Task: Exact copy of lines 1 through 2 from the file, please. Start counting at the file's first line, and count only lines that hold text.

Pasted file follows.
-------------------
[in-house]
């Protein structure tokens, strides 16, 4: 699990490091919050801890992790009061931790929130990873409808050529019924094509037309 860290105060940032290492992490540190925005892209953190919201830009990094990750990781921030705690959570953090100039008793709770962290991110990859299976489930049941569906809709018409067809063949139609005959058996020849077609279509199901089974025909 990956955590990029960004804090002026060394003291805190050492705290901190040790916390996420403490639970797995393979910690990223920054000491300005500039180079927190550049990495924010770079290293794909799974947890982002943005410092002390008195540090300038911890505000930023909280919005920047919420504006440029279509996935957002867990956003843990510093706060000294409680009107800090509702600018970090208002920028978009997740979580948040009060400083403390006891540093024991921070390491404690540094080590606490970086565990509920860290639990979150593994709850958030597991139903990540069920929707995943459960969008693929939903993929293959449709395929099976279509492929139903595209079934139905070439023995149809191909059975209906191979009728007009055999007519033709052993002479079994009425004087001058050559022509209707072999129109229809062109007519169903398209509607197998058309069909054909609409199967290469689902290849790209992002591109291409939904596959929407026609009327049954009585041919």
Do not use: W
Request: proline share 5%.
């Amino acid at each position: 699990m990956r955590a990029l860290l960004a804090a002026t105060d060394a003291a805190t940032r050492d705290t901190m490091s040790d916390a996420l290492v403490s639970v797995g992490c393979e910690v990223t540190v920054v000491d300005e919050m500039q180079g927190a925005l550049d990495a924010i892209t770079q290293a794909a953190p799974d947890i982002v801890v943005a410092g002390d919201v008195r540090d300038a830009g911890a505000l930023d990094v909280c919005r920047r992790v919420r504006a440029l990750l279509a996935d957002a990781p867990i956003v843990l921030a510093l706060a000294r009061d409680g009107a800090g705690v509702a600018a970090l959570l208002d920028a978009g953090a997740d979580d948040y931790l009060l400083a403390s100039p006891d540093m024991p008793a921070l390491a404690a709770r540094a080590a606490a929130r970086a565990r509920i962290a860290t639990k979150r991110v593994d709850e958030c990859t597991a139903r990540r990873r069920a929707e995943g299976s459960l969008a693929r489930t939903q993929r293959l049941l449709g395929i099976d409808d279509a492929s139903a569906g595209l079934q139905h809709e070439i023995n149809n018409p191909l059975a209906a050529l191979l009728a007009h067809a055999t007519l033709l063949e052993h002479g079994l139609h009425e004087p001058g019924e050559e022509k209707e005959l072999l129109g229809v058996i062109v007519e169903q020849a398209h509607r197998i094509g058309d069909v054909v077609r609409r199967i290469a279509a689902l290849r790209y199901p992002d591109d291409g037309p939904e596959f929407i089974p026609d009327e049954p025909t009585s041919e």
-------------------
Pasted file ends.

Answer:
[in-house]
């Protein structure tokens, strides 16, 4: 699990490091919050801890992790009061931790929130990873409808050529019924094509037309 860290105060940032290492992490540190925005892209953190919201830009990094990750990781921030705690959570953090100039008793709770962290991110990859299976489930049941569906809709018409067809063949139609005959058996020849077609279509199901089974025909 990956955590990029960004804090002026060394003291805190050492705290901190040790916390996420403490639970797995393979910690990223920054000491300005500039180079927190550049990495924010770079290293794909799974947890982002943005410092002390008195540090300038911890505000930023909280919005920047919420504006440029279509996935957002867990956003843990510093706060000294409680009107800090509702600018970090208002920028978009997740979580948040009060400083403390006891540093024991921070390491404690540094080590606490970086565990509920860290639990979150593994709850958030597991139903990540069920929707995943459960969008693929939903993929293959449709395929099976279509492929139903595209079934139905070439023995149809191909059975209906191979009728007009055999007519033709052993002479079994009425004087001058050559022509209707072999129109229809062109007519169903398209509607197998058309069909054909609409199967290469689902290849790209992002591109291409939904596959929407026609009327049954009585041919």